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Sunderland Repository records the research produced by the University of Sunderland including practice-based research and theses.

The Democratic Picture: Grace McCann Morley and Photography in the San Francisco Museum of Art

Moschovi, Alexandra (2021) The Democratic Picture: Grace McCann Morley and Photography in the San Francisco Museum of Art. The Classic.

Item Type: Article


In October 1936, a year after the San Francisco Museum of Art (SFMA) opened its doors to the public, its first Director, Dr. Grace McCann Morley, would write to Roy Stryker, Chief of the Historical Section of the Resettlement Administration, Washington D.C., stating that her museum was ‘anxious’ to stage an exhibition of Miss Dorothea Lange’s photographs, the negatives of which, produced only a few months earlier, were kept at the RA archives. At the time, SFMA was the only museum on the West Coast dedicated to modern art and one of the first American museums to recognise photography as art, with acquisitions of works by contemporary Bay Area photographers and a range of photography exhibitions since 1935. Drawing on Morley’s unpublished correspondence with photographers and artists between 1935 and 1958 and through an analysis of photography exhibitions and collecting initiatives at SFMA, this paper seeks to map Morley’s distinct vision of photography as an egalitarian, inclusive art.
A great believer in the social value of contemporary art and a fervent advocate of cultural democracy, Morley was clear on the role that photography could play in a museum of modern art that fostered public outreach and participatory learning. Correspondence with Ansel Adams reveals that Morley was sceptical about concentrating on ‘pure’ art photography, the kind that Adams was concurrently promoting at the newly established Department of Photography of the Museum of Modern Art in New York as Vice-Chairman of the Photography Board. Morley argued that it was indeed important to raise the standards of photography, but did not want to exclude vernacular or popular photography from the museum. Amateur photography, she argued, as if predicting photography’s new judgement seat in the new millennium, was ‘a good avenue for bringing people in contact with some of the basic principles of art in general and yet allowing them a certain amount of freedom of choice and where they could exercise their minor talents’ (Morley, letter to Ansel Adams, 3 August 1943).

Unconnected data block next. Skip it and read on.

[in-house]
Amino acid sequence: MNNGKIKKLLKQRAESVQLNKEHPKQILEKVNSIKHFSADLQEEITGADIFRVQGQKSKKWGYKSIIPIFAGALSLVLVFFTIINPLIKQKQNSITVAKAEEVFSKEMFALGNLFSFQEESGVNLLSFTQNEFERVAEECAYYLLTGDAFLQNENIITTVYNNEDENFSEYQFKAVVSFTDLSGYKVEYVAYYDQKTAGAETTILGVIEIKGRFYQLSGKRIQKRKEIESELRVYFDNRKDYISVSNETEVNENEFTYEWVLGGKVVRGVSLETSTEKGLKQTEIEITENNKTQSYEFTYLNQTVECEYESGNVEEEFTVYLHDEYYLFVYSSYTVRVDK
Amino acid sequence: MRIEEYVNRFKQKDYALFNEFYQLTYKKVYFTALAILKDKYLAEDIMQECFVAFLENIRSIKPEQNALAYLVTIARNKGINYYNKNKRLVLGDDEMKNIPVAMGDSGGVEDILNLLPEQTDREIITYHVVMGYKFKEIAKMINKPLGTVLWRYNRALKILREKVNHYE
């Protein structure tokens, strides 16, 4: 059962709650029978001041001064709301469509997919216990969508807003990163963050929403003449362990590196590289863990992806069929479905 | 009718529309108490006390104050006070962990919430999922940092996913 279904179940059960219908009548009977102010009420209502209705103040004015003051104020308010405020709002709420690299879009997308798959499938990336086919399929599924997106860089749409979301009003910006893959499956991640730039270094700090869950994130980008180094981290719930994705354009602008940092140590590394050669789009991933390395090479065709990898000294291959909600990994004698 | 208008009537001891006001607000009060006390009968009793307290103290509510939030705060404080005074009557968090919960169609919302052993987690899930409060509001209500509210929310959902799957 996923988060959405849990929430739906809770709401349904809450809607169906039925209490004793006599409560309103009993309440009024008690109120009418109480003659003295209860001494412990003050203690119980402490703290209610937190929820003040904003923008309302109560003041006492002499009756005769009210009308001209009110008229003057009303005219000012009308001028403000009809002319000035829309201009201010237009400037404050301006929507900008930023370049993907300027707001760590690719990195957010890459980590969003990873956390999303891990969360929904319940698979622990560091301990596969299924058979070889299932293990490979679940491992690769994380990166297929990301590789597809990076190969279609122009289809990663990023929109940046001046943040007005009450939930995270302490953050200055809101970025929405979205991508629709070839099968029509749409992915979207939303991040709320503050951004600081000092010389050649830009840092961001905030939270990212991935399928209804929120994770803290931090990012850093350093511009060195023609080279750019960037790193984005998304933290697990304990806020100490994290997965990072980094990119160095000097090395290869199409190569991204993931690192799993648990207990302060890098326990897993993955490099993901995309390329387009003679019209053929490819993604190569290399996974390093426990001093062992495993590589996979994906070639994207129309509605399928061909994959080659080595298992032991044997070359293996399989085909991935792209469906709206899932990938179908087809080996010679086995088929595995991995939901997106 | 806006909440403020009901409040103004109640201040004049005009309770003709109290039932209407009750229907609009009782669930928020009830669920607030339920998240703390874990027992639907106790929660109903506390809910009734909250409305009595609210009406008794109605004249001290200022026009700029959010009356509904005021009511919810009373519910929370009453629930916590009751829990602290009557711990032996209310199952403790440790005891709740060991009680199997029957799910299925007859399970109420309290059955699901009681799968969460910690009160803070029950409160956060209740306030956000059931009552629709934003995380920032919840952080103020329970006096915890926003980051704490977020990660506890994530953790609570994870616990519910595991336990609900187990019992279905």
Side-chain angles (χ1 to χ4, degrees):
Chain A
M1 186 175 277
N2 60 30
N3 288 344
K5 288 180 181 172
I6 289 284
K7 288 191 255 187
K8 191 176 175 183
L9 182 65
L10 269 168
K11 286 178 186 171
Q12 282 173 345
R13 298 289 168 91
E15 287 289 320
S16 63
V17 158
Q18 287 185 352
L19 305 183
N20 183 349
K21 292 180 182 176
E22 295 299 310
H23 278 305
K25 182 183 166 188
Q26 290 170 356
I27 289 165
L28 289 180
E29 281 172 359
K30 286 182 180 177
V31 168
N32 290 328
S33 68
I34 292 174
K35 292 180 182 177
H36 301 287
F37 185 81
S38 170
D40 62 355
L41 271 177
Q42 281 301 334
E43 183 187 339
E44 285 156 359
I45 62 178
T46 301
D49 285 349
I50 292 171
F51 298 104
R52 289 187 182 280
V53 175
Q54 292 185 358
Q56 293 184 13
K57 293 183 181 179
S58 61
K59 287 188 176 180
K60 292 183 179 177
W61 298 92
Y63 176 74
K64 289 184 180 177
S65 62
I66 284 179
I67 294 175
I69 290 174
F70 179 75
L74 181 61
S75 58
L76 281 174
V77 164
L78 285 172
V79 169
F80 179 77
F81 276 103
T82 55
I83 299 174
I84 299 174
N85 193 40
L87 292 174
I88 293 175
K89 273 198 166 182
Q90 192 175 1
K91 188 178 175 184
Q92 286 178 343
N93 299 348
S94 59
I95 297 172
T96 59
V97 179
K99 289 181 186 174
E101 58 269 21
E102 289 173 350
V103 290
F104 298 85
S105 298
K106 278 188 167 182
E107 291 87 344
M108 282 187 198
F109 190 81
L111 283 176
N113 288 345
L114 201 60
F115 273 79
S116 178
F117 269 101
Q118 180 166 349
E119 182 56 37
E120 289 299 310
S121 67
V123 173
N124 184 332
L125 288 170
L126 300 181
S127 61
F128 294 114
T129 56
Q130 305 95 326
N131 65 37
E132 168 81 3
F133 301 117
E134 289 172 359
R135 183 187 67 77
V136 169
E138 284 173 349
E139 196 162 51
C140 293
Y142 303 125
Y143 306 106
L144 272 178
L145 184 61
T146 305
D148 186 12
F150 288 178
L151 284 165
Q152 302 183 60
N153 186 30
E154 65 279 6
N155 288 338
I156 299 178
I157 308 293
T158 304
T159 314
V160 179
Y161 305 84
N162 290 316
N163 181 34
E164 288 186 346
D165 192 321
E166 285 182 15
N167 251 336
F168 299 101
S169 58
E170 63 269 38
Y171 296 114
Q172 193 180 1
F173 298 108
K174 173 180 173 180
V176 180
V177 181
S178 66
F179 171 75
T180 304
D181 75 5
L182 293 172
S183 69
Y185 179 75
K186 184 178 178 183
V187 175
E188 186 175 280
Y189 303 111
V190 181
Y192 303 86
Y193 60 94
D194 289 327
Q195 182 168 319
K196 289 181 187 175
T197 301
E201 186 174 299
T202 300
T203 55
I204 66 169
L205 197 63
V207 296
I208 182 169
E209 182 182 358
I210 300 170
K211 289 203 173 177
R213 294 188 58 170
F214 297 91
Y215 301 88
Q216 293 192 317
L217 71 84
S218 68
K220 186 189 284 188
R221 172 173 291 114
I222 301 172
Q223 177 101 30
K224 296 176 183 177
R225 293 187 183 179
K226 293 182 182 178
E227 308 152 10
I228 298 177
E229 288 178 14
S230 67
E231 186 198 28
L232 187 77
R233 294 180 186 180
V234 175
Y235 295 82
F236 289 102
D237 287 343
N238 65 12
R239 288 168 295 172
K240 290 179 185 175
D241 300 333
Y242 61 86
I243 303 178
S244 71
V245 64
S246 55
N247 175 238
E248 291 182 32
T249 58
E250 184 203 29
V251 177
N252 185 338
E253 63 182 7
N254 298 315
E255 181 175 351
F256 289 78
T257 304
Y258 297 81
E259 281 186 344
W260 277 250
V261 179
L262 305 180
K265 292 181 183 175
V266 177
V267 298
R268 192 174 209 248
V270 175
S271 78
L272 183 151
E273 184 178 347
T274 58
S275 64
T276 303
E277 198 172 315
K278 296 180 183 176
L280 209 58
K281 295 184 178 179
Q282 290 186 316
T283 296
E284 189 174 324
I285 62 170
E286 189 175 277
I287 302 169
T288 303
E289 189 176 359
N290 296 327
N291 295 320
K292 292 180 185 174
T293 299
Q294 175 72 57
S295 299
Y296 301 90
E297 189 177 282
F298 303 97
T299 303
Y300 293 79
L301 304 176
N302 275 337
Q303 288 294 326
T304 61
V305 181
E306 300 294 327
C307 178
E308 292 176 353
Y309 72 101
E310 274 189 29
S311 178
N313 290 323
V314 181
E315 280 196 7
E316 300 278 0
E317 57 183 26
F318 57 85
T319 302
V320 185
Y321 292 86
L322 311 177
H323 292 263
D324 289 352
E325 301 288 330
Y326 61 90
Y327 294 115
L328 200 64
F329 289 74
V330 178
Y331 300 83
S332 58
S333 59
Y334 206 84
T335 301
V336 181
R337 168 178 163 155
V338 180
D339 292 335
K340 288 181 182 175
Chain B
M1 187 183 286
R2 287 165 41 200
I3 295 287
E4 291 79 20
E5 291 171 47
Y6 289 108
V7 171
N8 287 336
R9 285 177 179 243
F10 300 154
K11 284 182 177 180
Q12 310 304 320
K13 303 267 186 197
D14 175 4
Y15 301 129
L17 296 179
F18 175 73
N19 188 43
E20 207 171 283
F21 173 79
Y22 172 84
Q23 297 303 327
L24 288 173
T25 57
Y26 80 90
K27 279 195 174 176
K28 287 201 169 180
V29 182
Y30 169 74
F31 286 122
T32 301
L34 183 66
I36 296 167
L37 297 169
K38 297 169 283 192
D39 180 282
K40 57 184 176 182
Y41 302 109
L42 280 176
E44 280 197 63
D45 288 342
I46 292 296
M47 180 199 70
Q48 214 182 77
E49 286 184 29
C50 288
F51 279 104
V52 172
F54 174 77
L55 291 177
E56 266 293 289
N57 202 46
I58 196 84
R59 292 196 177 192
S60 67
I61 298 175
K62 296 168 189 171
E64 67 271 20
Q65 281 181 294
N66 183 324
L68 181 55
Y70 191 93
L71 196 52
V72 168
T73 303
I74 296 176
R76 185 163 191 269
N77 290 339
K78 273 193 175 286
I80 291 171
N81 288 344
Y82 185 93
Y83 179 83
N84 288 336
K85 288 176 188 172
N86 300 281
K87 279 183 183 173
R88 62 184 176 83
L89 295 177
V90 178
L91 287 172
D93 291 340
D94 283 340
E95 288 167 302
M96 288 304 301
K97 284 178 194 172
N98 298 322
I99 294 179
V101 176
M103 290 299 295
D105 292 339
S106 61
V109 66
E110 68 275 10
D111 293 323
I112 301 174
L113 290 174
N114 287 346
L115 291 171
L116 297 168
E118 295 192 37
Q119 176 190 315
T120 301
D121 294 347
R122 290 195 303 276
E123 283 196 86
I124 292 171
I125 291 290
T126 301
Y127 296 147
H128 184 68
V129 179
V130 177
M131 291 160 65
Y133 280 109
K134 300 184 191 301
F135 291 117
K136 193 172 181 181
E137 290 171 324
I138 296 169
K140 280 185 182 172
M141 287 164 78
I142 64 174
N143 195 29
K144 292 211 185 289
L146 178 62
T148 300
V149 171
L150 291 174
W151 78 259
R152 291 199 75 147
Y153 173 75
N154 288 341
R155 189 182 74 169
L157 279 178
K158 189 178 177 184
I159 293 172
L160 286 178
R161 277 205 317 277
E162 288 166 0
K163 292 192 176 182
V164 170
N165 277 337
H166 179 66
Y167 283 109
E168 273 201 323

During her twenty-four-year career at SFMA, Morley’s progressive vision, widening participation strategies and educational mission were instrumental in incorporating ‘the edge of creative art of our time’, new media such as Photography, Film and Television, popular culture, diversity and experiential learning in the art museum. Yet, despite her successes, Morley faced very many challenges, financial, ideological and personal, no less due to sex discrimination. In 1958, Morley resigned unwilling to sustain progressively ‘unfavourable’ conditions, which were, as Morley scholar Kristy Phillips (2015) has claimed, equally fuelled by certain SFMA Trustees’ unease with her ‘status as a single woman in a powerful “man’s” job’ as much as her ‘mannish’ appearance in tailored suits and debated sexuality against an increasingly hostile climate towards queer social life in 1950s San Francisco.
This paper endeavours to recognise Morley’s contribution to the institutionalisation of photography in the art museum, which was, like women’s photographic work, largely marginalised in what was for decades a male-dominated field.

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Uncontrolled Keywords: San Francisco Museum of Art, Grace McCann Morley, photography, art museum, Ansel Adams, exhibitions, Beaumont Newhall, Museum of Modern Art (New York)
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Depositing User: Alexandra Moschovi


Item ID: 14445
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ORCID for Alexandra Moschovi: ORCID iD

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Date Deposited: 27 Jan 2022 14:24
Last Modified: 27 Jan 2022 14:24